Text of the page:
When introducing allergens, make sure you find age-appropriate ways to introduce them, starting with very small amounts, doing each food one at a time, alongside breast milk or formula will ensure the best tolerance and then, continue to repeat the exposure if the food is tolerated.
What foods could my baby be allergic to and how do I introduce them?
- Dairy: Whole milk natural yoghurt to milk kefir (organic if possible).
- Tree nuts or peanuts: A small amount of nut butter added to a puree or thinly spread onto a crust of bread or rusk.
- Eggs: Scrambled or boiled eggs added to purees
- Fish and shellfish: White flakey boneless fish, well-cooked prawns or scallops, added to a vegetable puree or as thickened fish soup.
- Soy: GMO free and organic tofu, natto (first food in Japan!) or edamame bean puree.
For more information visit allergy.org.au.
What are the best baby purees to start with when introducing solids?
4-6 month food guide: Purees and steamed vegetables
When baby is 4-6 months nutrient dense purees and iron rich foods are what you should aim for when introducing solids.
Vegetable purees are the perfect carrier for foods such as egg yolks, ground meats (chicken thigh or grass fed beef) and organic chicken liver. They also act as a base for introducing other allergents including egg. Here are foods to include at this age…
- Steamed green vegetables: Puree a combination of zucchini, peas and baby spinach, which work well for constancy. Green leafy vegetables are a source of non-heme iron.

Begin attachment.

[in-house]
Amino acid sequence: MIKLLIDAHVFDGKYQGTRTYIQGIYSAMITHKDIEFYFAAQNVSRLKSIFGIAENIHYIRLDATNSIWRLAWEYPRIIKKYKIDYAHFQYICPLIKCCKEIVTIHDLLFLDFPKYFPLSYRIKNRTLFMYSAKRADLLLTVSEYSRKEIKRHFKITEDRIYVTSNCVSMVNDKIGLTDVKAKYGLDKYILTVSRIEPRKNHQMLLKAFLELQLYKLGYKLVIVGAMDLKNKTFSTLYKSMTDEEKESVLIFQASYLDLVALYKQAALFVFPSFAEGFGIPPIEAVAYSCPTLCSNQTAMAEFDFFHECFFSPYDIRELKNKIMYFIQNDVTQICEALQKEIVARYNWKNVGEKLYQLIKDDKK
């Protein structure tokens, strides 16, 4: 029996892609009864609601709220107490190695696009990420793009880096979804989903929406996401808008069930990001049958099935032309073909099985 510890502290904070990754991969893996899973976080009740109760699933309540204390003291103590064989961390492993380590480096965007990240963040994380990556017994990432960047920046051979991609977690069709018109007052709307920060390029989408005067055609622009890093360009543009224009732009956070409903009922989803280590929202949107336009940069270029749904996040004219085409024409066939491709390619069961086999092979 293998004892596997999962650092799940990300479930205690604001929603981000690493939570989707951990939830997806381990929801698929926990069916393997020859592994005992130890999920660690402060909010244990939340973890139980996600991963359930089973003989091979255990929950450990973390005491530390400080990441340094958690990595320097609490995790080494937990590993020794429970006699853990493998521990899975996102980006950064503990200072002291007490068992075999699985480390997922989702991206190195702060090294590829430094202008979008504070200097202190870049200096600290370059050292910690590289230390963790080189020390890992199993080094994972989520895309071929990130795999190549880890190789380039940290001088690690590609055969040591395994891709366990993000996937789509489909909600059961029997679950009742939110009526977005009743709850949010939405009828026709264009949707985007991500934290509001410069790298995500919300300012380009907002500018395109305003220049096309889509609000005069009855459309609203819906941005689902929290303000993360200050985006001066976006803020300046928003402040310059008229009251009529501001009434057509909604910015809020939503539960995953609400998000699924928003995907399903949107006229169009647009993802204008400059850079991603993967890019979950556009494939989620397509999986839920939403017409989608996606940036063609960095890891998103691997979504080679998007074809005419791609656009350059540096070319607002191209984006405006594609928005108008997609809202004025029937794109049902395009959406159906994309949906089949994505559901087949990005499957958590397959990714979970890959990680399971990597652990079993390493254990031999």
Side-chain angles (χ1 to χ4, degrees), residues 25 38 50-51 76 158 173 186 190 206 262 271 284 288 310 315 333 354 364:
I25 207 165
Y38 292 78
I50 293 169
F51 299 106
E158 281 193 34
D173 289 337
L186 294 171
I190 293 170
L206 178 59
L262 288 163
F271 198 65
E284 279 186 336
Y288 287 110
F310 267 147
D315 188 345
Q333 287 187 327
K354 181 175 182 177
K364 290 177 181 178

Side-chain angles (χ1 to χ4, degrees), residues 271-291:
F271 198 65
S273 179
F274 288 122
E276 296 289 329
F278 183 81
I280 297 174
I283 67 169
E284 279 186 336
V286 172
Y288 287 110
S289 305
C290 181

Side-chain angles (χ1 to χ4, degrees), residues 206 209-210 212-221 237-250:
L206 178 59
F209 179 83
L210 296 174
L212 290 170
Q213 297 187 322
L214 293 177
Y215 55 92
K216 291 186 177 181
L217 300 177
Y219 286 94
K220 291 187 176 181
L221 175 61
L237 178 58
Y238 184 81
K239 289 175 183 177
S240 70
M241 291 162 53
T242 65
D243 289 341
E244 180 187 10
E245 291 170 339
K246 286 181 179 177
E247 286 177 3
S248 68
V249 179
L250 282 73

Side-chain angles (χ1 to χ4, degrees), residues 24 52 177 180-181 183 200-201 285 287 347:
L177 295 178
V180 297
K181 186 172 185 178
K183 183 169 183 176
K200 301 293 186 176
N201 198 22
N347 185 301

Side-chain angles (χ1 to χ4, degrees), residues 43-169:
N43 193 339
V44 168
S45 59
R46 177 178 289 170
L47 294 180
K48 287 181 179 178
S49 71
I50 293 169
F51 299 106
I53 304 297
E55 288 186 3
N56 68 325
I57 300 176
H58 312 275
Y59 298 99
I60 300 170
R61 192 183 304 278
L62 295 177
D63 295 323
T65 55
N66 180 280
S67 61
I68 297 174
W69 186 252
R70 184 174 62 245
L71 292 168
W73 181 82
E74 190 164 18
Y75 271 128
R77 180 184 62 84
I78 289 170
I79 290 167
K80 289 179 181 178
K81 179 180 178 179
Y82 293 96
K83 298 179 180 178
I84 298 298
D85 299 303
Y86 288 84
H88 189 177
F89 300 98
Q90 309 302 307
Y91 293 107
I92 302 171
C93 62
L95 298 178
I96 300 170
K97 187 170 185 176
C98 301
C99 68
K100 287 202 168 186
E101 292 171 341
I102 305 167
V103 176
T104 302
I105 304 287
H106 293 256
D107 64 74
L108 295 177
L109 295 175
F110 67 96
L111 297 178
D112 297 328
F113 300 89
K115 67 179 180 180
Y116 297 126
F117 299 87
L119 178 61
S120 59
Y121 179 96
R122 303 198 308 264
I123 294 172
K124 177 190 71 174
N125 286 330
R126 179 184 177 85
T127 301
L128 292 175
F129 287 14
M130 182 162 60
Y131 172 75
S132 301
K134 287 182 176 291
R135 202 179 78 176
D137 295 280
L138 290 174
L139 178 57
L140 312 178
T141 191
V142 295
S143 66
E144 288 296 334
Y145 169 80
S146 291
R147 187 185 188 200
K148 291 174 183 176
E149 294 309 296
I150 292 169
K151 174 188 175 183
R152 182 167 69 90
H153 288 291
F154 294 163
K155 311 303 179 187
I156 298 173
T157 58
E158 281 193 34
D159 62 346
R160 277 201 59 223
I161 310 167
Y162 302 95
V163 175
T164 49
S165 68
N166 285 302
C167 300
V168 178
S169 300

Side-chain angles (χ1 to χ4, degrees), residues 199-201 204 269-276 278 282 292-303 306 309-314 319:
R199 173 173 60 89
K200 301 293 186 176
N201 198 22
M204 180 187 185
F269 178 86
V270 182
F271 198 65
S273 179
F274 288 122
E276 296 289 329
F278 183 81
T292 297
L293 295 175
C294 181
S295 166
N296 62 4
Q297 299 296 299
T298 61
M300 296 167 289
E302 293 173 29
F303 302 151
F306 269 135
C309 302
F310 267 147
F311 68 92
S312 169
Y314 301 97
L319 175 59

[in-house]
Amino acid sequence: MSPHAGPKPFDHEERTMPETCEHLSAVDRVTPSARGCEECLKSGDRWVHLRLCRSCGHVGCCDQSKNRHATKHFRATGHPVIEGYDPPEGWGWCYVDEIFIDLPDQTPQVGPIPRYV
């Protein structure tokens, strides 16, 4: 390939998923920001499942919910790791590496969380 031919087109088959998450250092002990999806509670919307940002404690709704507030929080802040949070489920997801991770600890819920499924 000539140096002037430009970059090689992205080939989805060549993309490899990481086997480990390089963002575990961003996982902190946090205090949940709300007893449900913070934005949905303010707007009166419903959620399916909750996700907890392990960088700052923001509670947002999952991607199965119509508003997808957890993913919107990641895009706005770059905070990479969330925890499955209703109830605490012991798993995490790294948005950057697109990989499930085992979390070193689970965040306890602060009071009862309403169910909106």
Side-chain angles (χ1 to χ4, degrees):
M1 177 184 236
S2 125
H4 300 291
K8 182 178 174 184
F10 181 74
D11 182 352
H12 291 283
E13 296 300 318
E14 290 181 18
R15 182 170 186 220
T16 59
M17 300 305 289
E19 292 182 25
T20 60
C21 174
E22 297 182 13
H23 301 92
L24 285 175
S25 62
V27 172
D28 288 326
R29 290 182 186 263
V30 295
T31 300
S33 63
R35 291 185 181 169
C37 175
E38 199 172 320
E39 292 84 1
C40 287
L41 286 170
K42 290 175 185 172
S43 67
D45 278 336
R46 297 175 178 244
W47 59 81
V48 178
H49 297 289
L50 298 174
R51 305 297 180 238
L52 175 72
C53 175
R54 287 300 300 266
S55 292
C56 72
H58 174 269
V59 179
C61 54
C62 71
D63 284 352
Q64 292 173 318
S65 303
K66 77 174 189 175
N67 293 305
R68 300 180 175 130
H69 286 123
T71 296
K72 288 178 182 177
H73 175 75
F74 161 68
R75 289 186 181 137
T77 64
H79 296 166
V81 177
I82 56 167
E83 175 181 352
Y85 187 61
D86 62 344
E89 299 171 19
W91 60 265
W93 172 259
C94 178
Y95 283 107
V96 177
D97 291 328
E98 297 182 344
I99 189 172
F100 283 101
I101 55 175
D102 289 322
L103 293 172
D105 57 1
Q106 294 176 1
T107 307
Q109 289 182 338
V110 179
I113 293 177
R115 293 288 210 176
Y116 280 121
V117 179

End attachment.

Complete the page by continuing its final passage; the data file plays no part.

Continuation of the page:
- Well-cooked legumes: Add lentils and black beans to a vegetable puree.
- Eggs: Add to puree or simply scramble.
- Porridge: Combine smooth oats and prunes (prunes are a good source of iron and in addition are good for easing constipation. See one of Brittany’s favourite baby porridge recipes here.
After the age of six months is when I recommend parents start to try a baby led weaning approach. Encourage self-feeding and allow them to play with foods and get a little messy.
This is also a crucial window to introduce flavour and texture. Flavours should include mild herbs and spices (cinnamon, vanilla, turmeric) as well as sour and bitter foods (green vegetables including broccoli or natural yogurt). The more variety that is introduced during this period, the less likely they are to become a fussy eater as they approach toddlerhood. You’ll also be providing a good variety of nutrients that they need. Here are foods to include at this age…
- An abundance of cooked vegetables, in the colours of the rainbow.
- 1/2 serve of fruit daily (cooked, pureed and mashed as needed).
- Small amounts of good quality fish: Flakey boneless smaller species of fish).
- Soaked and well-cooked legumes, if tolerated: Homemade Dahl, legumes such as lentils or beans, blended into textured purees).
- Grass-fed meats, organic poultry and eggs roughly blended into purees: Homemade meat and vegetable meatballs, scrambled eggs).